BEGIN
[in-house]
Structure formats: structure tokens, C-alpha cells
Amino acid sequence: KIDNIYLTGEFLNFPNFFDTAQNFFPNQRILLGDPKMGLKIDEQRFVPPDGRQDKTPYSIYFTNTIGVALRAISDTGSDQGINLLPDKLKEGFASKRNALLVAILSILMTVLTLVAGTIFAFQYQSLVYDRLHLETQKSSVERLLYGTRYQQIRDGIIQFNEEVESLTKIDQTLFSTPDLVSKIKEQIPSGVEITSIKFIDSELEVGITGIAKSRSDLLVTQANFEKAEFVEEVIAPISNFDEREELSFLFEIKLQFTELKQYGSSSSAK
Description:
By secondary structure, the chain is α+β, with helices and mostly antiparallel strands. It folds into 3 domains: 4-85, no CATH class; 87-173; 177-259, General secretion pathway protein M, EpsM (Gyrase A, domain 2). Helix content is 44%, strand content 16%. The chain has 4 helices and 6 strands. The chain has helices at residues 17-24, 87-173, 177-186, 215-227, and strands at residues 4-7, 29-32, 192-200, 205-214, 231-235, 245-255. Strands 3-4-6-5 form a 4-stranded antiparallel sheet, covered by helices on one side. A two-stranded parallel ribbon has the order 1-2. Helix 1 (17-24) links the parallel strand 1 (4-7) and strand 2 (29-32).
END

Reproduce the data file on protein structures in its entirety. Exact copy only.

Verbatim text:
[in-house]
Structure formats: structure tokens, C-alpha cells
Amino acid sequence: KIDNIYLTGEFLNFPNFFDTAQNFFPNQRILLGDPKMGLKIDEQRFVPPDGRQDKTPYSIYFTNTIGVALRAISDTGSDQGINLLPDKLKEGFASKRNALLVAILSILMTVLTLVAGTIFAFQYQSLVYDRLHLETQKSSVERLLYGTRYQQIRDGIIQFNEEVESLTKIDQTLFSTPDLVSKIKEQIPSGVEITSIKFIDSELEVGITGIAKSRSDLLVTQANFEKAEFVEEVIAPISNFDEREELSFLFEIKLQFTELKQYGSSSSAK
Description:
By secondary structure, the chain is α+β, with helices and mostly antiparallel strands. It folds into 3 domains: 4-85, no CATH class; 87-173; 177-259, General secretion pathway protein M, EpsM (Gyrase A, domain 2). Helix content is 44%, strand content 16%. The chain has 4 helices and 6 strands. The chain has helices at residues 17-24, 87-173, 177-186, 215-227, and strands at residues 4-7, 29-32, 192-200, 205-214, 231-235, 245-255. Strands 3-4-6-5 form a 4-stranded antiparallel sheet, covered by helices on one side. A two-stranded parallel ribbon has the order 1-2. Helix 1 (17-24) links the parallel strand 1 (4-7) and strand 2 (29-32).